Man of Steel is obviously an attempt at a Batman Begins–style intellectual-property makeover. And Henry Cavill gives great Superman: In Man of Steel, he smiles a lot, which is important. He moves like he doesn't fear stubbing a toe or, say, getting hit by a Mack truck, but he is always slightly worried about accidentally breaking something or someone. Amy Adams is a wonderful Lois Lane, a reporter guided by a strong sense of justice. And Michael Shannon is a good, creepy General Zod, the nightmare side of the Superman coin.
But while Begins delivered surprises in a layered reimagining of the Batman story, Man of Steel takes too long to retell a story we all know by heart. We open on a dusty and bleak Krypton, replete with incredibly phallic machinery, followed by Kansas's amber waves of grain. We very briefly meet the Daily Planet staff before Zod makes the movie a straight-on conflict. There's none of the adventure or fun that should figure into a Superman movie, only good-guy-versus-bad-guy schematics that play out just about the way you figure they will.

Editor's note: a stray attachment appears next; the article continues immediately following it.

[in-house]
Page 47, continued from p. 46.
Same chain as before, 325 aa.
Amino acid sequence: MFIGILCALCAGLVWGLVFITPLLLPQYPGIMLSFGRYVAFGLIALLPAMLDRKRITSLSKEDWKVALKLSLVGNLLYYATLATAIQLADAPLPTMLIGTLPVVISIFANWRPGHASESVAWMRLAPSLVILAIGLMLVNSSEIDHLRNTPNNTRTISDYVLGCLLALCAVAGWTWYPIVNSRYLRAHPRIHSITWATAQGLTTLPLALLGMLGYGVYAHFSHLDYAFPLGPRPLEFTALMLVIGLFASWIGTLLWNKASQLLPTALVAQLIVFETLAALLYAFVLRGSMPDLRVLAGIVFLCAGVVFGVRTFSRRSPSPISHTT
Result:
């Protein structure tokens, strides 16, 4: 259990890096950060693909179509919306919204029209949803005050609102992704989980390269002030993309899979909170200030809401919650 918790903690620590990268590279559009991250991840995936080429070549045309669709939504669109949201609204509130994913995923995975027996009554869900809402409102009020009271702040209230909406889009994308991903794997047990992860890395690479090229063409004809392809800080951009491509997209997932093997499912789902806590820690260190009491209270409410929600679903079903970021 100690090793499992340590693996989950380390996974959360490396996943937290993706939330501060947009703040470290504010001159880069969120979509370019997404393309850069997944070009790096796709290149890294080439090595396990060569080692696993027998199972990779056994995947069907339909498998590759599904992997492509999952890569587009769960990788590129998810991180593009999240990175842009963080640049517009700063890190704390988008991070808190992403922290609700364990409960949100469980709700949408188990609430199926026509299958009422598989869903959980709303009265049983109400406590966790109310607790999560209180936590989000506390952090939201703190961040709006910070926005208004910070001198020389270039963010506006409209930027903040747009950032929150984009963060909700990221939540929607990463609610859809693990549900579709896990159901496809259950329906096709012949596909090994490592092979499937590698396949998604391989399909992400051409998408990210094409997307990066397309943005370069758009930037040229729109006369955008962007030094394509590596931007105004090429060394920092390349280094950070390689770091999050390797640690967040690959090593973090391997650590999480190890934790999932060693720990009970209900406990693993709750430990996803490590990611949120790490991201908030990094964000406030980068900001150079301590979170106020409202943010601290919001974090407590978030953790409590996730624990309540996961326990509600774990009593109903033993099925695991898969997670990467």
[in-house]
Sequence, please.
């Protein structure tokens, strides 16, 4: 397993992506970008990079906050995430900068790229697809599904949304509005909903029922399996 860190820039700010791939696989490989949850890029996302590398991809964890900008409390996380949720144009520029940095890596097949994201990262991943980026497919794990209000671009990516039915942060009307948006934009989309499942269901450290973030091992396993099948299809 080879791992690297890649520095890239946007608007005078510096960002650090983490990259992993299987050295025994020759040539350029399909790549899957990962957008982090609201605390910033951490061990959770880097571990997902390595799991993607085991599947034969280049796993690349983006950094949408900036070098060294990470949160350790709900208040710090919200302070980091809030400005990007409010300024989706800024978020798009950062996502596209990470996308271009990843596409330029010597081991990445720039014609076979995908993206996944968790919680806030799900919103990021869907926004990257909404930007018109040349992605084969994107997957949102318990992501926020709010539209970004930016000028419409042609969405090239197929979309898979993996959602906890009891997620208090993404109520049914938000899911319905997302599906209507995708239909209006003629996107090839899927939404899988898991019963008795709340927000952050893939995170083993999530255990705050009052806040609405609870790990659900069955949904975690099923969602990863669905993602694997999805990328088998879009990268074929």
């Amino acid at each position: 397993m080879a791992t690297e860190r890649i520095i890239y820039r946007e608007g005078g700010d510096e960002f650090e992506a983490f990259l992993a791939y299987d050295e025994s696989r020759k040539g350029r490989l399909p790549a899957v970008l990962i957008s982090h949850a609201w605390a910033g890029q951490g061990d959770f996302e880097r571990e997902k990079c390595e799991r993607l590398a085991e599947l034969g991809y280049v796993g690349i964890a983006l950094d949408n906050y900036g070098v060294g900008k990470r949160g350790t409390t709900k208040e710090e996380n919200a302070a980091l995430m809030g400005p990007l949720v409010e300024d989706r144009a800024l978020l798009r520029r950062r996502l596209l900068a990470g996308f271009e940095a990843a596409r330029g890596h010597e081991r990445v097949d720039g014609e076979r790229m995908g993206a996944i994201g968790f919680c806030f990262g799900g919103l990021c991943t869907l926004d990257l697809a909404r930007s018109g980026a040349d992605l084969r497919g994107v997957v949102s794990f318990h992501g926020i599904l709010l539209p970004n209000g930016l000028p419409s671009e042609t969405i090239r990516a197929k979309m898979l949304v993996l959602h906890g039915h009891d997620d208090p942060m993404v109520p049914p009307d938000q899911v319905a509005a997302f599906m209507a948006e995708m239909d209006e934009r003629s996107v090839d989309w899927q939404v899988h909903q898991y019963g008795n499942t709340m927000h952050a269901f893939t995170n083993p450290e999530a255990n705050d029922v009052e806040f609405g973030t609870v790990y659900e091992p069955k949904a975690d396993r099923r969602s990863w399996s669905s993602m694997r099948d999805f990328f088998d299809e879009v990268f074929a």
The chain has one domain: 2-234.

Zack Snyder's direction—credit where it's due—is beautiful. The camera sometimes scrambles to keep up with Superman's super-speed, and the flight scenes give off an air of respectful awe. But the last 45 minutes are basically one long fistfight. While the superpowered antics are impressive, there are about twenty 9/11s thrown into the climactic city- destroying battle, and it gets to be quite numbing. The effects become more and more abstract, until a bunch of gray pixels smash into a bunch of orange pixels for what feels like a solid half hour. Don't get me wrong: Man of Steel is way better than 2006's Superman Returns. I wouldn't even mind a sequel with this same cast and crew. But it ultimately misses the point of a Superman movie. The simplest, most archetypal superhero of all time is still the hardest for Hollywood to get right.